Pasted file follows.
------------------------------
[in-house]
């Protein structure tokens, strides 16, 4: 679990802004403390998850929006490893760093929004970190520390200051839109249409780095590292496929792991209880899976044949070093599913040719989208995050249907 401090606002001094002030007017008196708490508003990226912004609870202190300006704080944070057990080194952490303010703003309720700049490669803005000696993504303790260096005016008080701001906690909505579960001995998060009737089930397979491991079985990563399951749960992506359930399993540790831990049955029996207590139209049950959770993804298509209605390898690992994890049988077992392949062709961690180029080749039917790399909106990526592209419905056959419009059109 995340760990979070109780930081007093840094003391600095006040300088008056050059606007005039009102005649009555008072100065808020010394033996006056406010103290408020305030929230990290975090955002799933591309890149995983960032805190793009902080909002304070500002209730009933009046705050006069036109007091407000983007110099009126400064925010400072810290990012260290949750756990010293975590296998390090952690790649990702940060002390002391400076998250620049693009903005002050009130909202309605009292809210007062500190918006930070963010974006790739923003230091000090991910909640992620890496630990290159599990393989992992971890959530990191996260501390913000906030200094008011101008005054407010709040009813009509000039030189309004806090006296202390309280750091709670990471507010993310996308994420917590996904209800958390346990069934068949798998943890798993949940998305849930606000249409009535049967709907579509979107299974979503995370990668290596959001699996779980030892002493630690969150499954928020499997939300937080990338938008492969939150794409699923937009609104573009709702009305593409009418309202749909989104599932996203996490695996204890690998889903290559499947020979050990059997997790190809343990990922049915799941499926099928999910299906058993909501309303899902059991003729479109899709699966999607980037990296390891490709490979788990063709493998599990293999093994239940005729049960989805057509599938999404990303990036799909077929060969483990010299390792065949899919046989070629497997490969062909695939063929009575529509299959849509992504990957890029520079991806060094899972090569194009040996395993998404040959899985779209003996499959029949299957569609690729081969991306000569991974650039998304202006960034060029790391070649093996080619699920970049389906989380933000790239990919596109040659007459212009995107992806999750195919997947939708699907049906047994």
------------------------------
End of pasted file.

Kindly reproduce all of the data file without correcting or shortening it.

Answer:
[in-house]
């Protein structure tokens, strides 16, 4: 679990802004403390998850929006490893760093929004970190520390200051839109249409780095590292496929792991209880899976044949070093599913040719989208995050249907 401090606002001094002030007017008196708490508003990226912004609870202190300006704080944070057990080194952490303010703003309720700049490669803005000696993504303790260096005016008080701001906690909505579960001995998060009737089930397979491991079985990563399951749960992506359930399993540790831990049955029996207590139209049950959770993804298509209605390898690992994890049988077992392949062709961690180029080749039917790399909106990526592209419905056959419009059109 995340760990979070109780930081007093840094003391600095006040300088008056050059606007005039009102005649009555008072100065808020010394033996006056406010103290408020305030929230990290975090955002799933591309890149995983960032805190793009902080909002304070500002209730009933009046705050006069036109007091407000983007110099009126400064925010400072810290990012260290949750756990010293975590296998390090952690790649990702940060002390002391400076998250620049693009903005002050009130909202309605009292809210007062500190918006930070963010974006790739923003230091000090991910909640992620890496630990290159599990393989992992971890959530990191996260501390913000906030200094008011101008005054407010709040009813009509000039030189309004806090006296202390309280750091709670990471507010993310996308994420917590996904209800958390346990069934068949798998943890798993949940998305849930606000249409009535049967709907579509979107299974979503995370990668290596959001699996779980030892002493630690969150499954928020499997939300937080990338938008492969939150794409699923937009609104573009709702009305593409009418309202749909989104599932996203996490695996204890690998889903290559499947020979050990059997997790190809343990990922049915799941499926099928999910299906058993909501309303899902059991003729479109899709699966999607980037990296390891490709490979788990063709493998599990293999093994239940005729049960989805057509599938999404990303990036799909077929060969483990010299390792065949899919046989070629497997490969062909695939063929009575529509299959849509992504990957890029520079991806060094899972090569194009040996395993998404040959899985779209003996499959029949299957569609690729081969991306000569991974650039998304202006960034060029790391070649093996080619699920970049389906989380933000790239990919596109040659007459212009995107992806999750195919997947939708699907049906047994």